Thanks, Rob, this looks great - I have often looked for helpful online materials on ear training and music theory but most are too elementary to be useful to those of us who already have significant musical experience and reasonable skill but lack training of a more academic sort.
Beethoven did. But then his idea of composition was pretty much:
I I I I | V V V V | I I I I | V V V V |
I IV | I IV | V V V V | V V V V |
I IV I IV | I IV I IV | I IV I IV | I IV I IV | I IV I IV | I IV I IV | I IV I IV | I IV I IV | I IV I IV | I IV I IV | I IV I IV | I IV I IV | I IV I IV | I IV I IV | I IV I IV | I IV I IV | I IV I IV | I IV I IV | I IV I IV | I IV I IV | I IV I IV | I IV I IV | I IV I IV | I IV I IV | I IV I IV | I IV I IV | I IV I IV | I IV I IV | I IV I IV | I IV I IV | I IV I IV | I IV I IV | I IV I IV |
V V | V V | V V | V V |
I | I | I | I | Oooooooooooooooooone.
So I’m not sure anybody needs to hear that on playback.
That’s not true. Beethoven is much more complex.
Well, Beethoven did end his 8th symphony with more than 50 bars of the tonic chord, but that was MEANT to be a joke - he said so himself.
But if the previous post was meant as a joke, it didn’t work for me. Watching a jazz guitarist trying to sightread the chords for the Grosse Fuge might be more fun…
I suppose the reason for my question was to get a feel for how few users (of Dorico) do (have to) employ an Edit-Listen-Edit-Listen-Edit-Listen cycle.
Otherwise more folk than apparently did would have experienced this?
I’m quite happy to be in a minority .
There are a variety of reasons to Edit-Listen.
Some may have to do with deciding between what notes to write period, some with what notes to write across a broad orchestral spectrum, and some with deciding what combinations of instruments are best employed to achieve the desired effect. For, me sometimes it is even deciding what effect among several options I want to achieve. If I play around with my concepts they become stronger, more developed concepts. Sometimes by doing this I end up going an unexpected direction, all because of experimentation.
If many are able to compose straight out their head, more power to them. I respect them. Everyone does not share their skills. Am I going to be Beethoven redivivus? No. But I want to do what I do to the best of my (finite) capabilities.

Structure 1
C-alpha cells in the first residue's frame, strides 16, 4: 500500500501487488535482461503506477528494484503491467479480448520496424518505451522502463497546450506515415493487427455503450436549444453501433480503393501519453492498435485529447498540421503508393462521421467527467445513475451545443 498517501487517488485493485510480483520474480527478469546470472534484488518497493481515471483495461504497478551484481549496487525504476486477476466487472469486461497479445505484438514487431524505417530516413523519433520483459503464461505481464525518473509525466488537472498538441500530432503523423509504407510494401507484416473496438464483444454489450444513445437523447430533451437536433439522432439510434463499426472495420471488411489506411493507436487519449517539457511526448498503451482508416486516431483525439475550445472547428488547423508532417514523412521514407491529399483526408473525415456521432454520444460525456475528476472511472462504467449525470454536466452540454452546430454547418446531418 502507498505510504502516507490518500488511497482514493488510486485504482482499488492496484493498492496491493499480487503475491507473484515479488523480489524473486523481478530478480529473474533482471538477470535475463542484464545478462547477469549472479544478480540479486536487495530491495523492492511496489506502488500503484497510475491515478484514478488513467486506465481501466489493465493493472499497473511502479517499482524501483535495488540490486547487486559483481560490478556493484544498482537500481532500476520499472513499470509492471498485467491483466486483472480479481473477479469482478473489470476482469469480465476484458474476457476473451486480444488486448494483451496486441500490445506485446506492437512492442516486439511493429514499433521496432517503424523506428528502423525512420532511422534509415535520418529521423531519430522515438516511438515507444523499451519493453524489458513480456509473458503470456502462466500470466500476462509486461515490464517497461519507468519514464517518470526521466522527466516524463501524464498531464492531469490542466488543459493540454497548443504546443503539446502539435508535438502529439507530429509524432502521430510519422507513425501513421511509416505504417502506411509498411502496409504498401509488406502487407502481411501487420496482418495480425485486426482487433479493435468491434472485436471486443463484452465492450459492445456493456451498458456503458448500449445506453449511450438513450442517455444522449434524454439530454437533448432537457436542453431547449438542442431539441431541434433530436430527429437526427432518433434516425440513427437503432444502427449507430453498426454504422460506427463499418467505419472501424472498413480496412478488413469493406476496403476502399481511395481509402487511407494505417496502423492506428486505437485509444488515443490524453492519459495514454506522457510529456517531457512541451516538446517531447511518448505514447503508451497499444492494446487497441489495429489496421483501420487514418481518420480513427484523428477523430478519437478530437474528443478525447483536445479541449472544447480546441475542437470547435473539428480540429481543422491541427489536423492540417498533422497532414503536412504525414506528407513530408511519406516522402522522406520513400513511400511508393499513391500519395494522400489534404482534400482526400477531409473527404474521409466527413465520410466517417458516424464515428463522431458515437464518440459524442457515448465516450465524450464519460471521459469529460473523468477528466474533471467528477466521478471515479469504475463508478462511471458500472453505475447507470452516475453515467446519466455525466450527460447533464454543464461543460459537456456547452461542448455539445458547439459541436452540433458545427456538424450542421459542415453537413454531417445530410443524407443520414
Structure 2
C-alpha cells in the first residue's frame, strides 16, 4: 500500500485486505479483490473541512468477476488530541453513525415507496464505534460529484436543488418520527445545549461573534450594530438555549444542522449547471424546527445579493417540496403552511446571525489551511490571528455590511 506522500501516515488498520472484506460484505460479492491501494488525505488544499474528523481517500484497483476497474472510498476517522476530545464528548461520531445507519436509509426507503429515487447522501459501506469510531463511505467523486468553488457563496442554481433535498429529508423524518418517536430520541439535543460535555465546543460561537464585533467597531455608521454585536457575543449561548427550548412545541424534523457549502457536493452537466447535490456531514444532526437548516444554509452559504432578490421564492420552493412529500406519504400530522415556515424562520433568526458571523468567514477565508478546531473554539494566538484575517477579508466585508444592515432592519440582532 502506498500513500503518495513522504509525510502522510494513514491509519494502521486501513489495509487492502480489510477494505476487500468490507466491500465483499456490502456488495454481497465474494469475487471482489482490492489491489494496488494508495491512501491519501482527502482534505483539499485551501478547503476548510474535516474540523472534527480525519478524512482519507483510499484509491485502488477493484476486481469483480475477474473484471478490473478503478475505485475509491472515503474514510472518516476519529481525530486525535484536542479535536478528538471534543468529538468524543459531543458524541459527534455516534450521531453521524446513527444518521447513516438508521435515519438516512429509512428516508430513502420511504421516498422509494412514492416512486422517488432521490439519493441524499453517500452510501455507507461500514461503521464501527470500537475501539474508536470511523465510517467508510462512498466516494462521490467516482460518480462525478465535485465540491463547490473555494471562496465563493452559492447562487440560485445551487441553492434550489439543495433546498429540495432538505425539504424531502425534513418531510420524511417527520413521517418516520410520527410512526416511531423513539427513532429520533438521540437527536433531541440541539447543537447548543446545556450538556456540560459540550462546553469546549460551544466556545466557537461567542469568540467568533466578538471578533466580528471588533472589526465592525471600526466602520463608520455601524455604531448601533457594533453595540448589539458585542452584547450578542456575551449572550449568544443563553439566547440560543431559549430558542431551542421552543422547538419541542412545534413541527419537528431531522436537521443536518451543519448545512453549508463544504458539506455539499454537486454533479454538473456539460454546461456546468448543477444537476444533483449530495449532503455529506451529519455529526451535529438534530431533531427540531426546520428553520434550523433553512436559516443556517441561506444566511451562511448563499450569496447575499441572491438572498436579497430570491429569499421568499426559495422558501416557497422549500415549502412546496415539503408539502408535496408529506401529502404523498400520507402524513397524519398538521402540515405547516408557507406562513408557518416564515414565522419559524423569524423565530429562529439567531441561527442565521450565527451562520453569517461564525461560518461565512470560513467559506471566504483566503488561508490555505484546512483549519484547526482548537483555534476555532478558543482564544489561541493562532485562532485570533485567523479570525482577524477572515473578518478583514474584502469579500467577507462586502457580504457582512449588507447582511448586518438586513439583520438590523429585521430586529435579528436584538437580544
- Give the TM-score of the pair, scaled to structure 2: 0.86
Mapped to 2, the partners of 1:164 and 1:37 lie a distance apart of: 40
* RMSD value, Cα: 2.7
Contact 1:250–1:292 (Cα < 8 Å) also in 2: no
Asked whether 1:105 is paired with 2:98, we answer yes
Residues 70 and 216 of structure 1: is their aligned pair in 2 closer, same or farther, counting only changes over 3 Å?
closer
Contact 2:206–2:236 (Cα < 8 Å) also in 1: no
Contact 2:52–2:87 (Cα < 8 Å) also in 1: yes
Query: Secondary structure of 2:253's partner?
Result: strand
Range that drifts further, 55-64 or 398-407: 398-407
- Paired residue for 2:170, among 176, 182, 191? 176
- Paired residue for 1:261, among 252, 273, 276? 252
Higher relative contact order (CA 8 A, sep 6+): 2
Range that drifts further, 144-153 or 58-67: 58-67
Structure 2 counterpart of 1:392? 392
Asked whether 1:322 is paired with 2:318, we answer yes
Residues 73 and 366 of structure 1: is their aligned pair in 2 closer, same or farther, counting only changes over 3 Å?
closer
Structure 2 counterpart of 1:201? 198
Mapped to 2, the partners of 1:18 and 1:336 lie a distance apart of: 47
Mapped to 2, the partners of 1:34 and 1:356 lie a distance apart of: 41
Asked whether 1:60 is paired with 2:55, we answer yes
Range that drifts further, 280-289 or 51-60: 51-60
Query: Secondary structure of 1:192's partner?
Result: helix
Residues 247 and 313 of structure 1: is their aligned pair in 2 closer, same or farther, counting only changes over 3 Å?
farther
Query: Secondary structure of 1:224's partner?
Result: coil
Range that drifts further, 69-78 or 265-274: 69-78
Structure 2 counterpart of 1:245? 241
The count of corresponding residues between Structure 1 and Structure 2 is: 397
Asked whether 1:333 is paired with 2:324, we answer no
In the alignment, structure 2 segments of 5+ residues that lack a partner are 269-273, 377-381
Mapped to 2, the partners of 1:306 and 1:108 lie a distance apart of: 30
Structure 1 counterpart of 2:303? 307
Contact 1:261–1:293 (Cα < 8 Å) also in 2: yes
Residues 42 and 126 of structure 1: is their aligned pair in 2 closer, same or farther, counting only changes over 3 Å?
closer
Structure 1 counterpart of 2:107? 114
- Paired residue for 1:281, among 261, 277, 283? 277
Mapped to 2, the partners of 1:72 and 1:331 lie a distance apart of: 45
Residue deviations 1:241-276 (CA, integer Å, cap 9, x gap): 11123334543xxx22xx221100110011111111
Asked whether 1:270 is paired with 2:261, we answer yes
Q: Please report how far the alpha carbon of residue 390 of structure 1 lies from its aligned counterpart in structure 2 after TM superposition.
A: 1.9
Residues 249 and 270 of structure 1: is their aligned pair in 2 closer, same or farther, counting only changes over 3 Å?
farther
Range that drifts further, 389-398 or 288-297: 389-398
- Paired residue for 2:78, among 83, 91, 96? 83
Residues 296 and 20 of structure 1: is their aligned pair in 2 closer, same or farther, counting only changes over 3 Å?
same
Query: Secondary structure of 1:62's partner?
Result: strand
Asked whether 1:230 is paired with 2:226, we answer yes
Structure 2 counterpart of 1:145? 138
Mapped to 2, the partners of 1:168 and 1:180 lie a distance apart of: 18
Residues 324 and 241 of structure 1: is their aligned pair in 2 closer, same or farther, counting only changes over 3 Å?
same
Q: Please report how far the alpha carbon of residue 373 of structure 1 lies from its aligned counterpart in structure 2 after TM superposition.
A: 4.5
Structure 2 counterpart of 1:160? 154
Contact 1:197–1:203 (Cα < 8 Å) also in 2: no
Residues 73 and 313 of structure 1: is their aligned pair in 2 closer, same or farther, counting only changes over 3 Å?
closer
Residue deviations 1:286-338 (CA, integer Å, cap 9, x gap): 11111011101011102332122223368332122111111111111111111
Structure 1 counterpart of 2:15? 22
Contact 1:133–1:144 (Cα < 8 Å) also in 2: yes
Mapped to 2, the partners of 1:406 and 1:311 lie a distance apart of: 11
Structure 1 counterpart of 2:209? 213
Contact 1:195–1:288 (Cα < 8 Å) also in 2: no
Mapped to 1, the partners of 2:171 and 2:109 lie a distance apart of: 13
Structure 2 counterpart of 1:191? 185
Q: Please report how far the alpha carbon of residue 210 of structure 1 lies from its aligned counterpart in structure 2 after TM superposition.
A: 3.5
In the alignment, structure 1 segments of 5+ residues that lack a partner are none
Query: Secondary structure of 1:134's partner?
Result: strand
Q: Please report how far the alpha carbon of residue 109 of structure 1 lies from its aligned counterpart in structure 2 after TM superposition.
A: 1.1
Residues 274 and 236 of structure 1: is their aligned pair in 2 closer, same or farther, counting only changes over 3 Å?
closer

This is EXACTLY how I try to work on most projects. A few years ago (not that long ago actually) a college professor I know was advising all his students that with Finale, they should always set every instrument to piano so they could “hear the music” properly. I think that advice might have been justified in 2000. But I expect playback to be far more realistic these days.
There certainly are some techniques that the user needs to employ to help the music be easily heard; e.g. setting the stereo field properly, and maybe using a little compression to bring out inner voices. But I cannot conceive of doing an orchestration these days without realistic-sounding instruments. There are very few occasions where I need to produce a project that sounds 100% realistic (although others do have such projects, I’m sure). But I need the playback to be realistic enough to give me confidence with I am writing will sound right when played by real musicians.
My goal these days is charts that sound good the first time the band reads it, don’t waste any rehearsal time, and don’t need any revisions after the first reading. I can get pretty close to this goal with the current technology. There is still a lot of room for improvement in Dorico’s playback, but it is good enough for me to work effectively. (And I haven’t tried DP yet.)
P.S. My post about Beethoven was mostly a joke, although I consider everything between JS Bach and Tchaikovsky to be musical dark ages. My idea of torture would be to be locked in an elevator with nothing but Mozart, Vivaldi and the BeeGees. Just my opinion, of course. A lot of people like the BeeGees.
I’ve used this app a lot for ear training:
What’s wrong with the BeeGees?!
Back to the original topic, appreciation to Daniel and the team: this bug has finally been squashed in 2.2.10